Fertilizer Helps the Bottom Line in 2010

November 29, 2009 06:00 PM
 
Linda H. Smith, Top Producer Executive Editor
 
Lower fertilizer prices could slash per-acre nutrient outlays by a third, says Purdue University Economist Bruce Erickson. "Some farmers s[pent as much as $200/acre to fertilize 2009 corn—more than rent in some cases—including N,P,K and lime. We are projecting $100 to $130 for next year, depending on soils and crop rotation.”
 
Purdue pegs total variable costs on average soils at $363 for continuous corn, $351 rotational corn and $194 rotational soybeans. For their complete spreadsheet, including estimates for low- and high-productivity soils, click here.
 
The University of Illinois breaks its estimates both by geography within the state and by high- and low-productivity soils. Their economists see fertilizer (they do not specify whether this includes lime) for corn in the $90-$100 range, and the total for fertilizer, pesticides, seed, drying, storage and crop insurance about $150-$300. They break out machinery and fuel costs separately, adding another $80-$85/acre. For their complete tables, click here.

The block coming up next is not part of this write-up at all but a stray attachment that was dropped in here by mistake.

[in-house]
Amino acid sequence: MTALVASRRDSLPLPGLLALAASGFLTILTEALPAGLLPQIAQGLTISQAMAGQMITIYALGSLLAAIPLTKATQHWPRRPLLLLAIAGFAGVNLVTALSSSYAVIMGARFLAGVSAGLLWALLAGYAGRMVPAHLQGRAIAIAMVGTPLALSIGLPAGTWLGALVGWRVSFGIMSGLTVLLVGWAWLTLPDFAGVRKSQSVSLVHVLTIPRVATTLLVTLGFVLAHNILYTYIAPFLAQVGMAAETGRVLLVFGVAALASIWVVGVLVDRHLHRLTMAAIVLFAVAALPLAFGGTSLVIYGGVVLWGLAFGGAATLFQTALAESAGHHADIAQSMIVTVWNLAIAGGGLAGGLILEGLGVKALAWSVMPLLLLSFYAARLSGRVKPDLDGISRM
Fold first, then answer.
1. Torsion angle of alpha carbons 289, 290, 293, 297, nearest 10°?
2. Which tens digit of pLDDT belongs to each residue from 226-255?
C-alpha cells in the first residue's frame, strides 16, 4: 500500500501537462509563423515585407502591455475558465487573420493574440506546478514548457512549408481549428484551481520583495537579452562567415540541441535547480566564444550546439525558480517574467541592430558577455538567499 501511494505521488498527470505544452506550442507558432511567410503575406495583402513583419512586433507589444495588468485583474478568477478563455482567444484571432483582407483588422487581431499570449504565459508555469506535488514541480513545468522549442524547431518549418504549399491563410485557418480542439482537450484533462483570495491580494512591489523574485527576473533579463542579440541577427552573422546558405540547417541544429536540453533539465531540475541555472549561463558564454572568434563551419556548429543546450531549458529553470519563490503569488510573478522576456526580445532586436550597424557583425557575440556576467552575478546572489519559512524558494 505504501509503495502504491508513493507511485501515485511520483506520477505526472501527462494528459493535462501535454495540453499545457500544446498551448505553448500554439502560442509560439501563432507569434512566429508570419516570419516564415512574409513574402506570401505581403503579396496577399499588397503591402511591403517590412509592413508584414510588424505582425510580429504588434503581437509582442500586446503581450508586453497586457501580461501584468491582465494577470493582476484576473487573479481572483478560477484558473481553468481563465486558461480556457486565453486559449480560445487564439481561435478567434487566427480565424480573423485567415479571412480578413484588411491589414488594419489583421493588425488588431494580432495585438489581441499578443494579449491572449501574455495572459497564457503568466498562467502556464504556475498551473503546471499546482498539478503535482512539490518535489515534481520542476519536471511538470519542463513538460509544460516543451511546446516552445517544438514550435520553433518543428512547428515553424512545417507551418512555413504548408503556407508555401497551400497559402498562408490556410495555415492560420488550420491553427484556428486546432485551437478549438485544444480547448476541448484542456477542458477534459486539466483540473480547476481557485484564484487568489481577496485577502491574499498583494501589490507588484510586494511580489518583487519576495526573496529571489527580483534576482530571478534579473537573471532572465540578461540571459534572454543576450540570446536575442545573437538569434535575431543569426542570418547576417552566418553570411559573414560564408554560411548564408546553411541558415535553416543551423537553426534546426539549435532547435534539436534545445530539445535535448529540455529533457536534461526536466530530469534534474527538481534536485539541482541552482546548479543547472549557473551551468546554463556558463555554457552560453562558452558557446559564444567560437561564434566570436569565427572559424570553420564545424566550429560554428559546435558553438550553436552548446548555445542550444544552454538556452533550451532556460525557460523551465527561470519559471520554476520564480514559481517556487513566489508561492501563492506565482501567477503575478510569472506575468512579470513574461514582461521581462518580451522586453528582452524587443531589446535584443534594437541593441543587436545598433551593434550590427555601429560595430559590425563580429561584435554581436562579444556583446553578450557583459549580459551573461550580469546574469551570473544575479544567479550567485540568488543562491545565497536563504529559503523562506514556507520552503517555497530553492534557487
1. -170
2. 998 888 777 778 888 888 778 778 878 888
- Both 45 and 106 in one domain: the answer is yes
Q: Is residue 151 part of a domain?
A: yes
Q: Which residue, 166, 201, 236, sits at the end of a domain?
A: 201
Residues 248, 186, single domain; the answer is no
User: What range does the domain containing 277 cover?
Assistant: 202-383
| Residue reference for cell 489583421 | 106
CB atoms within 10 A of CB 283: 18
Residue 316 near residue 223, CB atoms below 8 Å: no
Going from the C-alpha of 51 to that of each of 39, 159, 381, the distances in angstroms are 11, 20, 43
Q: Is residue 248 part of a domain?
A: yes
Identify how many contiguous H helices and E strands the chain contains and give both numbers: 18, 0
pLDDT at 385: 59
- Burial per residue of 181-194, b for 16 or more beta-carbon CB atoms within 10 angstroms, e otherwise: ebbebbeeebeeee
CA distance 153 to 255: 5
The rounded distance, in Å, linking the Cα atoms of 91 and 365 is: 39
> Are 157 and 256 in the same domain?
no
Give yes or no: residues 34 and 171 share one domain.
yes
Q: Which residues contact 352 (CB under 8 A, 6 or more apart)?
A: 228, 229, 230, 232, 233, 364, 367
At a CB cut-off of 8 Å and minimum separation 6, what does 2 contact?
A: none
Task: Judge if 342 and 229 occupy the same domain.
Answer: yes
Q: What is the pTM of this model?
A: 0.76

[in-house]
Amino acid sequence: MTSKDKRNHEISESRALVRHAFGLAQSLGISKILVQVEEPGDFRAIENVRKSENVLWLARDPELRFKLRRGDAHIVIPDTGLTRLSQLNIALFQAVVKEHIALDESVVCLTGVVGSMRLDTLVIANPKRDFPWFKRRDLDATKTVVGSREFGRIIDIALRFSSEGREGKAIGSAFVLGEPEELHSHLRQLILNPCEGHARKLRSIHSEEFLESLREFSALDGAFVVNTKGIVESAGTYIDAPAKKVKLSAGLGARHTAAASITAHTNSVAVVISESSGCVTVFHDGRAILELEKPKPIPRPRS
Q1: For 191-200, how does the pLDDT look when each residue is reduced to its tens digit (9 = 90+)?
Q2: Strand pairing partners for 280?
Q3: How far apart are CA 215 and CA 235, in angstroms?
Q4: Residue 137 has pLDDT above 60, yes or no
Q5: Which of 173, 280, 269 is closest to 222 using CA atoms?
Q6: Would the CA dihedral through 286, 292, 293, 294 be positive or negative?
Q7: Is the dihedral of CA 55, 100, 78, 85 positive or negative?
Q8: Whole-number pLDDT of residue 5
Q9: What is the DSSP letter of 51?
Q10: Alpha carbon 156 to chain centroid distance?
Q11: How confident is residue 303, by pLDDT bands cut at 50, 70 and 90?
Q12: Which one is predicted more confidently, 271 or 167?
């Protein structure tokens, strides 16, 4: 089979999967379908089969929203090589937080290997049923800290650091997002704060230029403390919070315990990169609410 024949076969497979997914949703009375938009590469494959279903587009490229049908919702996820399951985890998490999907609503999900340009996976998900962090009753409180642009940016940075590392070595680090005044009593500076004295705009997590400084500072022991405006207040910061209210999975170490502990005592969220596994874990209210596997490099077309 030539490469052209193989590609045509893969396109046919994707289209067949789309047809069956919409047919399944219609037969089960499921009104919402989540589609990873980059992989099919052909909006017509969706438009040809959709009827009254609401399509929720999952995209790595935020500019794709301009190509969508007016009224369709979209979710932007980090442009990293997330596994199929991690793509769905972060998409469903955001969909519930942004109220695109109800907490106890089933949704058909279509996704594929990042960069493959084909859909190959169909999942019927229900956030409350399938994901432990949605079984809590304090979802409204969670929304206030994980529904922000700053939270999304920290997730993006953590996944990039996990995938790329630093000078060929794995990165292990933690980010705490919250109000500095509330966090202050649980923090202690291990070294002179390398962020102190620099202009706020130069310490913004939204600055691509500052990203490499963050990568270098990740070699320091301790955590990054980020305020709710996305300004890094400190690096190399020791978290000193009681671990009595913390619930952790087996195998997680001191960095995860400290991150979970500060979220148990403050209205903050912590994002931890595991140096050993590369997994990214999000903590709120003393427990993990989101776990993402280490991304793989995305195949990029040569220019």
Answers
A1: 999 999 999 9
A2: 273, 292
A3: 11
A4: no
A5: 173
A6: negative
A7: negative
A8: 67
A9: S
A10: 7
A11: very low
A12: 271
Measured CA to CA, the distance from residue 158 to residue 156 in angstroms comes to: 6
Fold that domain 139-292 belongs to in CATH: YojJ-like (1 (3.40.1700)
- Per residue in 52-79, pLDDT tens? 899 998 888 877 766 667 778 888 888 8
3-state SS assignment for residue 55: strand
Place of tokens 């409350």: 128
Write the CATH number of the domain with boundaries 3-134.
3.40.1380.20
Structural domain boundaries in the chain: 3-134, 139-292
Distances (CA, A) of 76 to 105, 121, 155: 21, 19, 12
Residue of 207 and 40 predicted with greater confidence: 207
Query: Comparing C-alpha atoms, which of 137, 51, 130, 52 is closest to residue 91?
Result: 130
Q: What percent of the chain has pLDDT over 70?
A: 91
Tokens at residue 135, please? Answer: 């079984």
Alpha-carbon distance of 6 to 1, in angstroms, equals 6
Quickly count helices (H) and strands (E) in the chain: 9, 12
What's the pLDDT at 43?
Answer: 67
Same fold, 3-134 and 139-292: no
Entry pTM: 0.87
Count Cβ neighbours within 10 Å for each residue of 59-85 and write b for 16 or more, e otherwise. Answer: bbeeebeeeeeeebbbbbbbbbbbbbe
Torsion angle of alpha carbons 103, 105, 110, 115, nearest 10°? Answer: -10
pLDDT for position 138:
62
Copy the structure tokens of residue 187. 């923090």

You can view Ohio State University's corn, soybean and wheat cost of production estimates, by clicking here
 
Back to news

Comments

 

Rate this News Article:

Spell Check

No comments have been posted to this News Article

Close